When Teens Seem Ungrateful
- Thursday, June 16, 2011
God promises that His Word produces results in time. Hold to spiritual and doctrinal absolutes, but let your teenager develop their own ideas and opinions rather than forcing them to parrot yours exactly. One of the reasons that so many Christian young people stop going to church when they leave home is that their faith never became their own; it was always their parents’ faith. They went along with it for as long as they had to, but once they left home they no longer had a reason to go. Remember, we are responsible to teach our children about God, but we cannot make them accept our faith in God as their own faith.
Major on the majors, not the minors.
Face it, some things simply don’t matter that much. They may matter to you, but do they matter to your child’s future? Some parents spend a lot of time focusing on the minor things like appearance. Even if you don’t particularly love their latest haircut or shirt style, if it isn’t an issue of modesty, it’s not worth making a federal case out of it. Allow them the freedom to express their own personality.
The music I liked as a teen drove my parents crazy. They couldn’t understand why I liked that “noise.” But even though I may not like a particular type of music a teen enjoys, if they are suicidal or on drugs or dealing with major anger issues, music isn’t going to be my focus. I want to spend my time on the things that matter most, and allow the teens to develop their own tastes. Believe me, it’s amazing how much their tastes will change over time, and before long they’ll like much of the same music you and I do. For now, they will mostly listen to what their friends are, so they can keep up on it and not appear to be out of touch with their culture.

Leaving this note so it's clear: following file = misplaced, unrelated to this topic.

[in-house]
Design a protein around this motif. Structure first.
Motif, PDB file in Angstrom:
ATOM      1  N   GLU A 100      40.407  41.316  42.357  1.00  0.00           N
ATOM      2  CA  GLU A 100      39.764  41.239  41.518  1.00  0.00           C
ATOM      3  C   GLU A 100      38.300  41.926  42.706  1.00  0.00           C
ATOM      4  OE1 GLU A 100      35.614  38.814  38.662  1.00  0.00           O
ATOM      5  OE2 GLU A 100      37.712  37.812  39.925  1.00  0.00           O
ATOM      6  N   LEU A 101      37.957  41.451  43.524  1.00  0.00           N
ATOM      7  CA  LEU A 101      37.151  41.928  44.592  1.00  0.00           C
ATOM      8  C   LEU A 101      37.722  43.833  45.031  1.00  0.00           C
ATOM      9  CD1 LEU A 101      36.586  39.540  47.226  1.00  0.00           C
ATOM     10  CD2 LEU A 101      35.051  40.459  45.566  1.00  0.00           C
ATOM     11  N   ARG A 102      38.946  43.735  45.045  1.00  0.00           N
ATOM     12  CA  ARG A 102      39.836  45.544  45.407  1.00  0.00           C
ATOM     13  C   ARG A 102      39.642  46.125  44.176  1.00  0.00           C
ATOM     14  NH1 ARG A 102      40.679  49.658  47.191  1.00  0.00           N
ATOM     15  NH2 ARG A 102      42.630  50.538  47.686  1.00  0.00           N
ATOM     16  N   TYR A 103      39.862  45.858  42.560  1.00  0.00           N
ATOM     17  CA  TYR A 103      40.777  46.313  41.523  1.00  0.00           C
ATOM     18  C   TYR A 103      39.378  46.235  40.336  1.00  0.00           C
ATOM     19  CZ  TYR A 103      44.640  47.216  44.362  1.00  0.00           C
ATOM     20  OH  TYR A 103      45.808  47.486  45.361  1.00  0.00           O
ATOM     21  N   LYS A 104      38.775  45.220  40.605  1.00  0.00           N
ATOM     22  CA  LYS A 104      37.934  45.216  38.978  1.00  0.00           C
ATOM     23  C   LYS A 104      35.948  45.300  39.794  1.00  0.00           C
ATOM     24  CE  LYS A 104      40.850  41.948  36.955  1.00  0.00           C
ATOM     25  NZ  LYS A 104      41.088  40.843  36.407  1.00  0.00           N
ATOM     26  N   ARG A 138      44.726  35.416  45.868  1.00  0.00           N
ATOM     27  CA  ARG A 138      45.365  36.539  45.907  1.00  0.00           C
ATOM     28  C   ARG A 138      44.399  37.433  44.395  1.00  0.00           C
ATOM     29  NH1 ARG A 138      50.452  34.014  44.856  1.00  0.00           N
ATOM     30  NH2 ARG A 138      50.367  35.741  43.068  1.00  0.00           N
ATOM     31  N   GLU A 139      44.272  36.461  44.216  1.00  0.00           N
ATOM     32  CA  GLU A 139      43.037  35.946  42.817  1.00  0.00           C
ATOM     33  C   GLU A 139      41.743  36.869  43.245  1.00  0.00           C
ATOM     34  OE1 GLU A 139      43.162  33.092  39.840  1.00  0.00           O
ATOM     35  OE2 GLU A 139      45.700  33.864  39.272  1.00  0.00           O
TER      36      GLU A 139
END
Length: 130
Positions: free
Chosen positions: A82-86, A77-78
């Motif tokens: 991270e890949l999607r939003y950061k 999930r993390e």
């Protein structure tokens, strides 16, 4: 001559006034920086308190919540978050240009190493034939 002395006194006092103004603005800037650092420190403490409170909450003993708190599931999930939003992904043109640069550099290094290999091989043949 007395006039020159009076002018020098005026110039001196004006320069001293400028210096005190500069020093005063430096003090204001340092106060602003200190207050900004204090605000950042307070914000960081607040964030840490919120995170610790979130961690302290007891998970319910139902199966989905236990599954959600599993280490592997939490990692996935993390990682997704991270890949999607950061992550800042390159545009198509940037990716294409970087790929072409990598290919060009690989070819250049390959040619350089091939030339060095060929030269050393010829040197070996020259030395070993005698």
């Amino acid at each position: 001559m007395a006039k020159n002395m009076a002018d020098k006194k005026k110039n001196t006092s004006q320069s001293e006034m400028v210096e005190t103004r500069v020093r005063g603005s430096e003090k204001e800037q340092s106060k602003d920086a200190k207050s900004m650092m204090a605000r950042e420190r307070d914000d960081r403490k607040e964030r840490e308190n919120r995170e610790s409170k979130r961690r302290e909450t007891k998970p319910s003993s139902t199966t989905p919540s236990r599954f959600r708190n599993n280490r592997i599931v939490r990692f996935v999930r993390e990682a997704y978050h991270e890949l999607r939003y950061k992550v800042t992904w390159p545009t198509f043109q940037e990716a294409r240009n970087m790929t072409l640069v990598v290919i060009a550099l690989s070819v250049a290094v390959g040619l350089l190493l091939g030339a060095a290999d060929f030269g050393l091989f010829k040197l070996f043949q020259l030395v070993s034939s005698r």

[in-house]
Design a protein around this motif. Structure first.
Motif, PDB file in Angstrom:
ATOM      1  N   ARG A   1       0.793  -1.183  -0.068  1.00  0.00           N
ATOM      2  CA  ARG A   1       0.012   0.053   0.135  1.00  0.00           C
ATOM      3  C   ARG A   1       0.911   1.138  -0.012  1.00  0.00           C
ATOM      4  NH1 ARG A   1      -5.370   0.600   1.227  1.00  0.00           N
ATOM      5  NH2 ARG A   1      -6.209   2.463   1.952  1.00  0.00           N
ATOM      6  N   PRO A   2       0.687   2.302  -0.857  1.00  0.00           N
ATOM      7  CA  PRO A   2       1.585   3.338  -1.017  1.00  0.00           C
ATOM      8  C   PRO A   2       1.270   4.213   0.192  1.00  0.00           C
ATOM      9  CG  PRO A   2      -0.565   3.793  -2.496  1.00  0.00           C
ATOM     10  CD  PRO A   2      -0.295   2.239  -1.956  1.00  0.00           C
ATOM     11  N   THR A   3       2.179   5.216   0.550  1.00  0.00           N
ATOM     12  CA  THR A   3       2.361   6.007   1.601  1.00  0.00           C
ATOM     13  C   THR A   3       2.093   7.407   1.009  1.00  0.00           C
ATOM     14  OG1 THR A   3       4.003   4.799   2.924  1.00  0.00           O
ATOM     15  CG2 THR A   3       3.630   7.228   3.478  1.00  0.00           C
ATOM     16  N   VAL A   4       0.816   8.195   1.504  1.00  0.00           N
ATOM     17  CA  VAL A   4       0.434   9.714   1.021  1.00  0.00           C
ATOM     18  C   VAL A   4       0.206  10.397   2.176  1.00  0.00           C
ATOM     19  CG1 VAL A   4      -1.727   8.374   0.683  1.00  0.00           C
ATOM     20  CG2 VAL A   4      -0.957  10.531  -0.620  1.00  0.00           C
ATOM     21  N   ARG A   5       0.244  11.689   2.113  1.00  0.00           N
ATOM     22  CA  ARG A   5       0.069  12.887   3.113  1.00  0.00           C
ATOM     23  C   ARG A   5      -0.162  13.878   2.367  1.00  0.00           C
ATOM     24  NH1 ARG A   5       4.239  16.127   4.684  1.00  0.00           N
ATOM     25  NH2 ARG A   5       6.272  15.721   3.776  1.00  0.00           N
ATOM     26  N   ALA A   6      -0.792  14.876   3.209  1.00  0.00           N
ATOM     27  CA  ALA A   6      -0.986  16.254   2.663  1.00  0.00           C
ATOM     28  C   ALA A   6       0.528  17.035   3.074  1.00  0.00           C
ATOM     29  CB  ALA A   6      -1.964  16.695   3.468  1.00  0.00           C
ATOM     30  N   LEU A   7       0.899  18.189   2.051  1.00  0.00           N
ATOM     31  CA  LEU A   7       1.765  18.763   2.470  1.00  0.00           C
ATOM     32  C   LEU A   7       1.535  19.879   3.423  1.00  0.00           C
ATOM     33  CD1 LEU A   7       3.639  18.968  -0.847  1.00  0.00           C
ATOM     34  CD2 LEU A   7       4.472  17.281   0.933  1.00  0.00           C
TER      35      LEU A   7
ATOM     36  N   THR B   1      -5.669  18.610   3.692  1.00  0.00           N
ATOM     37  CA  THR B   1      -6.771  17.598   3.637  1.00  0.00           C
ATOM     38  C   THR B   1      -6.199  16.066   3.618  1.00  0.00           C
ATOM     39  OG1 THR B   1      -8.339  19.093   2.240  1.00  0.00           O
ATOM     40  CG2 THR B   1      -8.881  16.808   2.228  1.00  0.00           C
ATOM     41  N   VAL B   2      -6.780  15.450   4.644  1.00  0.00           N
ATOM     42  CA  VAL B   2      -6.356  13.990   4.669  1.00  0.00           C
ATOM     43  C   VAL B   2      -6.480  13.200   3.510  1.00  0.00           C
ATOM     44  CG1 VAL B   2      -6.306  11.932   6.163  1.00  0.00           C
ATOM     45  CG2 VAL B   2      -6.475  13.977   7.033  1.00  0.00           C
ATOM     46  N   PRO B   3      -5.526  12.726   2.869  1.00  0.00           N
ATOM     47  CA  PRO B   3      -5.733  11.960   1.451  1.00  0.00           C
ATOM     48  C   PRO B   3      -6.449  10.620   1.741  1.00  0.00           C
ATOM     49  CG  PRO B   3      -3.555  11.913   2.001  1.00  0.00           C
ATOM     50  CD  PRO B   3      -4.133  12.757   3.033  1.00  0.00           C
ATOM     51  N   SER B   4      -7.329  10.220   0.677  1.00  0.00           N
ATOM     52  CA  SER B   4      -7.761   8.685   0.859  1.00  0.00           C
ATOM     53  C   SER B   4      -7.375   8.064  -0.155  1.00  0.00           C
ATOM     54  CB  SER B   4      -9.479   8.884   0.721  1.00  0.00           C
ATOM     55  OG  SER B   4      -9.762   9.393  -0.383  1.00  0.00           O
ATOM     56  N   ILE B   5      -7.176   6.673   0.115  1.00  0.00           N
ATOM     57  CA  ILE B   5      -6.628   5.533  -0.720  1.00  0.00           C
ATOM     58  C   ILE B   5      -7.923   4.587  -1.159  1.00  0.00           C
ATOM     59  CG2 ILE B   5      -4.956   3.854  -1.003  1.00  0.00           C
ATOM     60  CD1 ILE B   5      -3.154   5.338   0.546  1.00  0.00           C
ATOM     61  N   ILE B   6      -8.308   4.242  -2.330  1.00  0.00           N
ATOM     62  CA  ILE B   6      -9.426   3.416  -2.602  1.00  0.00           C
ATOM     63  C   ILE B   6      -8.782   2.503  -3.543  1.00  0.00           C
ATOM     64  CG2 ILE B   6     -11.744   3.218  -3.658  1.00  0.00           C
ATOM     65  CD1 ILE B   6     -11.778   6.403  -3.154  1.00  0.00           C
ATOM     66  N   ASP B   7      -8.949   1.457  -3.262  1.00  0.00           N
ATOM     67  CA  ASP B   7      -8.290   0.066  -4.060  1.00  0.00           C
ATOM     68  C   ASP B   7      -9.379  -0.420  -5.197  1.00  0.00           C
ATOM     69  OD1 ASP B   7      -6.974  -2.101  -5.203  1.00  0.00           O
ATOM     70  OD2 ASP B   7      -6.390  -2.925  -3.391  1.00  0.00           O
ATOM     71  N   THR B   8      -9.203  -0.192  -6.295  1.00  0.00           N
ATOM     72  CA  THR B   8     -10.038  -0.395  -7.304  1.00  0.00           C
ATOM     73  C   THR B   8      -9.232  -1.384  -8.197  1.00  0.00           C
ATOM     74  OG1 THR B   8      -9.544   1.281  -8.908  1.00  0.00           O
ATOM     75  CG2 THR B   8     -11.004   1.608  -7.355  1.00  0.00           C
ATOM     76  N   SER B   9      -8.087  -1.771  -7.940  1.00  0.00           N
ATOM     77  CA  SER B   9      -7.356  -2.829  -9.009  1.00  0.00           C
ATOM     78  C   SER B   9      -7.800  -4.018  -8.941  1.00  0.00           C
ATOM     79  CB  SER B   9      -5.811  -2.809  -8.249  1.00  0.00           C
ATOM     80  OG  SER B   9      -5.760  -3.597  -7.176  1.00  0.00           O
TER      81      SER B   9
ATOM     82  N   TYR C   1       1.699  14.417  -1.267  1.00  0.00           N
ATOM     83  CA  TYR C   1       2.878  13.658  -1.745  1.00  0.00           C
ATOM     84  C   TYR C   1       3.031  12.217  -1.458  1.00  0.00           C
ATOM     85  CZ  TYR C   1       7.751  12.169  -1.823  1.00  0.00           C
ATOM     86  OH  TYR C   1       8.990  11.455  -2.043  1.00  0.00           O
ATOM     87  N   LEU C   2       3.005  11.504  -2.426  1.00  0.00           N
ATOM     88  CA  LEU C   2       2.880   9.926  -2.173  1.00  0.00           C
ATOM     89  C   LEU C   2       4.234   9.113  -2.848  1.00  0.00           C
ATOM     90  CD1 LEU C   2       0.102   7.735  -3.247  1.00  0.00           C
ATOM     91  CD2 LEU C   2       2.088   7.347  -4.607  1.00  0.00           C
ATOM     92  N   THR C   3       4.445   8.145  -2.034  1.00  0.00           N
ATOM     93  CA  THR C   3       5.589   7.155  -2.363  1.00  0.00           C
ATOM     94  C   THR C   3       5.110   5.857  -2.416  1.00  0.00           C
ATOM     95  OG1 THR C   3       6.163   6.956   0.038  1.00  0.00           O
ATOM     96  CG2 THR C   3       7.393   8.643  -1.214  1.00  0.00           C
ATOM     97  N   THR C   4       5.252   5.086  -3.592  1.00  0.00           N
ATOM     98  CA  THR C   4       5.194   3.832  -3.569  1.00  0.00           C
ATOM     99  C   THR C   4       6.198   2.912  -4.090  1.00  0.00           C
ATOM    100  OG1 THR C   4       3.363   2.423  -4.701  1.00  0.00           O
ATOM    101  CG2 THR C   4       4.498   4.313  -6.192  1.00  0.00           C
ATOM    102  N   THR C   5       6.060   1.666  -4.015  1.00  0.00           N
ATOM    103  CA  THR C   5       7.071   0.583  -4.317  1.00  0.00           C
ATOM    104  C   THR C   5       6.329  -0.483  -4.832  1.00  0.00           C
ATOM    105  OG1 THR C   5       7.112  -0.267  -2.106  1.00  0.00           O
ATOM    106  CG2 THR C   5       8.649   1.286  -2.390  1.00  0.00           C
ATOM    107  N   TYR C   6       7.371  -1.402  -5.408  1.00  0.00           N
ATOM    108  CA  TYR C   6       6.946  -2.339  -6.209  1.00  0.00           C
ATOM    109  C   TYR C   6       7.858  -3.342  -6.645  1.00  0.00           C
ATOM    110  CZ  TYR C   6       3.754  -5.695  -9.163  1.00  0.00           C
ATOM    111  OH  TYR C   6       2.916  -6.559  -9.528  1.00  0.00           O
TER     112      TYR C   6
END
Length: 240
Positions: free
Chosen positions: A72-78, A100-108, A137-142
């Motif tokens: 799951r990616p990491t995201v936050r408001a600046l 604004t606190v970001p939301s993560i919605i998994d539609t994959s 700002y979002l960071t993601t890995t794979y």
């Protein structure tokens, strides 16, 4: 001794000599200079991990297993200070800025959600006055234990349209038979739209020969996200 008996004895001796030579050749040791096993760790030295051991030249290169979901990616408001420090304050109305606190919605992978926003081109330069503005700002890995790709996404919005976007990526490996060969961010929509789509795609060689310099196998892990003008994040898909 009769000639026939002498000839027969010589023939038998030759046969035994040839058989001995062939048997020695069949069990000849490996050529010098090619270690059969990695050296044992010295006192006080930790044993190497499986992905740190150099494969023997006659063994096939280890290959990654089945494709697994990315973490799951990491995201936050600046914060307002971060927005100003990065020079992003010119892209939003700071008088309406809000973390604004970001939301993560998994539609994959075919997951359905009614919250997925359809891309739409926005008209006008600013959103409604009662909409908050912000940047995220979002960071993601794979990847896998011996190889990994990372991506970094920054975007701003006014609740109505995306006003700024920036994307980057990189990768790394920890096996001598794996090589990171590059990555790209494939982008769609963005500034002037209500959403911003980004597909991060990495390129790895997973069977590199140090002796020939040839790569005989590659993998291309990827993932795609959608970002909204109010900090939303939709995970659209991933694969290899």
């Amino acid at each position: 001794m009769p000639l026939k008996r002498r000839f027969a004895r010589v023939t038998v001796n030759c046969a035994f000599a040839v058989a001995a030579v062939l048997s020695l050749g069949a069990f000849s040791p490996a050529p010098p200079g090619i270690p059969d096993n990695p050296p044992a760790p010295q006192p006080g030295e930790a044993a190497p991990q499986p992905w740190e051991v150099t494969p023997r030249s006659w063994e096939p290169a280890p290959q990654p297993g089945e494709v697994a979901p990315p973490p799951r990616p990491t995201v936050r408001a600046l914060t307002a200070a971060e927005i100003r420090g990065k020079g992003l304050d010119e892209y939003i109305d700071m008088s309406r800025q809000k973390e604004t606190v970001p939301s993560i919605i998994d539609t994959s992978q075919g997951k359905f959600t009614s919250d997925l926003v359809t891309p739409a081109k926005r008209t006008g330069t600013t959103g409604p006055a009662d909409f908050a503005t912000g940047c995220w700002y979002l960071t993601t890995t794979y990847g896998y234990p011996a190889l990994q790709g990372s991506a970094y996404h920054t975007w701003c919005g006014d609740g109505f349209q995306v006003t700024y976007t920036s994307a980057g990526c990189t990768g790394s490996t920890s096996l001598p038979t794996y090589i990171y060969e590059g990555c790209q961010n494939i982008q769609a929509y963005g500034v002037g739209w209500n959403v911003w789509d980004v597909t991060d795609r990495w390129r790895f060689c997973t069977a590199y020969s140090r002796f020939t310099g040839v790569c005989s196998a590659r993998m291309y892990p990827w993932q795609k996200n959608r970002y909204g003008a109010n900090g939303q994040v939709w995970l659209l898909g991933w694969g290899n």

Don’t drive them crazy.
Many parents of teens use the “Spare the rod and spoil the child” approach, saying it is scriptural, while overlooking the “Fathers, do not exasperate your children” reference. The definition of “exasperation” includes a number of words that clearly describe the situation like: “make furious, irritate, provoke, annoy, anger, inflame, infuriate, exacerbate, make worse, enrage, and aggravate.” Using the same discipline technique in the teen years as when they were young will lead to exasperation. It just doesn’t work with teens, and it turns them against their parents. Oh, they may appear more docile, but it is likely that they are seething inside or broken in spirit. There are better ways to discipline a teenager which usually entail letting them feel the “pain” of the loss of privileges and added duties.
Some may read the “Do not exasperate” verse thinking that the intent of the writer was to only to discourage parents from abandoning, cursing, demoralizing, abusing, or screaming at their child. However, I believe teenagers can also be exasperated by parents who treat them still as children, not as thinking, reasoning, pre-adults.
In conclusion, I want to remind you that the measurement of good character is not just following all the rules; it is the presence of taking initiative and thinking well and responding properly to life’s challenges. One of our primary responsibilities as parents is to train our children and give them the tools to be successful adults. By promoting independence in growing and appropriate ways as they get older, we are preparing them to make good decisions and move ahead confidently into life on their own.
Mark Gregston is an author, speaker, radio host, and the founder and director of Heartlight, a therapeutic boarding school located in East Texas. Call 903-668-2173. Visit http://www.heartlightministries.org, or to read other articles by Mark, visit http://www.markgregston.com. Also, you can download Mark's new free e-book titled "Road To Restoration - 20 Ways to Bring Healing To Your Family" by clicking on the link.
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